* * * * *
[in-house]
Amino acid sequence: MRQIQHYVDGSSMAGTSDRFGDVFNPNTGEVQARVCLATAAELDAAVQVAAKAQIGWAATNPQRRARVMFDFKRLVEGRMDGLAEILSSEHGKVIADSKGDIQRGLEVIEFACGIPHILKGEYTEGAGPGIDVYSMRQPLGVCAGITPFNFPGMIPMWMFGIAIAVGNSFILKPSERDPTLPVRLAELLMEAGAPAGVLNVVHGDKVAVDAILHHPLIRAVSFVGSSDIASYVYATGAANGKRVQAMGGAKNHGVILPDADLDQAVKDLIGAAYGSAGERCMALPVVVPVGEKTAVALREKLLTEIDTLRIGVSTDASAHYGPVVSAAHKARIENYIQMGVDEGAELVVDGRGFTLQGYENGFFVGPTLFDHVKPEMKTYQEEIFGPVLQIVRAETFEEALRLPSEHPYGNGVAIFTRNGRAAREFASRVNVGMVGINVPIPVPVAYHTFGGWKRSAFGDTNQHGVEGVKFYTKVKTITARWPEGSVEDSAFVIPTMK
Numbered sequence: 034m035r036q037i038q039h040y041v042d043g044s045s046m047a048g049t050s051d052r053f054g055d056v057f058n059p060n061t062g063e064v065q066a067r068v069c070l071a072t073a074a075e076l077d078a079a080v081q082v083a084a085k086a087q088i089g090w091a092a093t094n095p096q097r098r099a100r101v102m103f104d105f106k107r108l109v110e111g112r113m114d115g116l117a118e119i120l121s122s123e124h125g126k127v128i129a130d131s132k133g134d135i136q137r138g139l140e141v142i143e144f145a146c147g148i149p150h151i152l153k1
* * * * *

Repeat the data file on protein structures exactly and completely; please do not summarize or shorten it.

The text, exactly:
[in-house]
Amino acid sequence: MRQIQHYVDGSSMAGTSDRFGDVFNPNTGEVQARVCLATAAELDAAVQVAAKAQIGWAATNPQRRARVMFDFKRLVEGRMDGLAEILSSEHGKVIADSKGDIQRGLEVIEFACGIPHILKGEYTEGAGPGIDVYSMRQPLGVCAGITPFNFPGMIPMWMFGIAIAVGNSFILKPSERDPTLPVRLAELLMEAGAPAGVLNVVHGDKVAVDAILHHPLIRAVSFVGSSDIASYVYATGAANGKRVQAMGGAKNHGVILPDADLDQAVKDLIGAAYGSAGERCMALPVVVPVGEKTAVALREKLLTEIDTLRIGVSTDASAHYGPVVSAAHKARIENYIQMGVDEGAELVVDGRGFTLQGYENGFFVGPTLFDHVKPEMKTYQEEIFGPVLQIVRAETFEEALRLPSEHPYGNGVAIFTRNGRAAREFASRVNVGMVGINVPIPVPVAYHTFGGWKRSAFGDTNQHGVEGVKFYTKVKTITARWPEGSVEDSAFVIPTMK
Numbered sequence: 034m035r036q037i038q039h040y041v042d043g044s045s046m047a048g049t050s051d052r053f054g055d056v057f058n059p060n061t062g063e064v065q066a067r068v069c070l071a072t073a074a075e076l077d078a079a080v081q082v083a084a085k086a087q088i089g090w091a092a093t094n095p096q097r098r099a100r101v102m103f104d105f106k107r108l109v110e111g112r113m114d115g116l117a118e119i120l121s122s123e124h125g126k127v128i129a130d131s132k133g134d135i136q137r138g139l140e141v142i143e144f145a146c147g148i149p150h151i152l153k1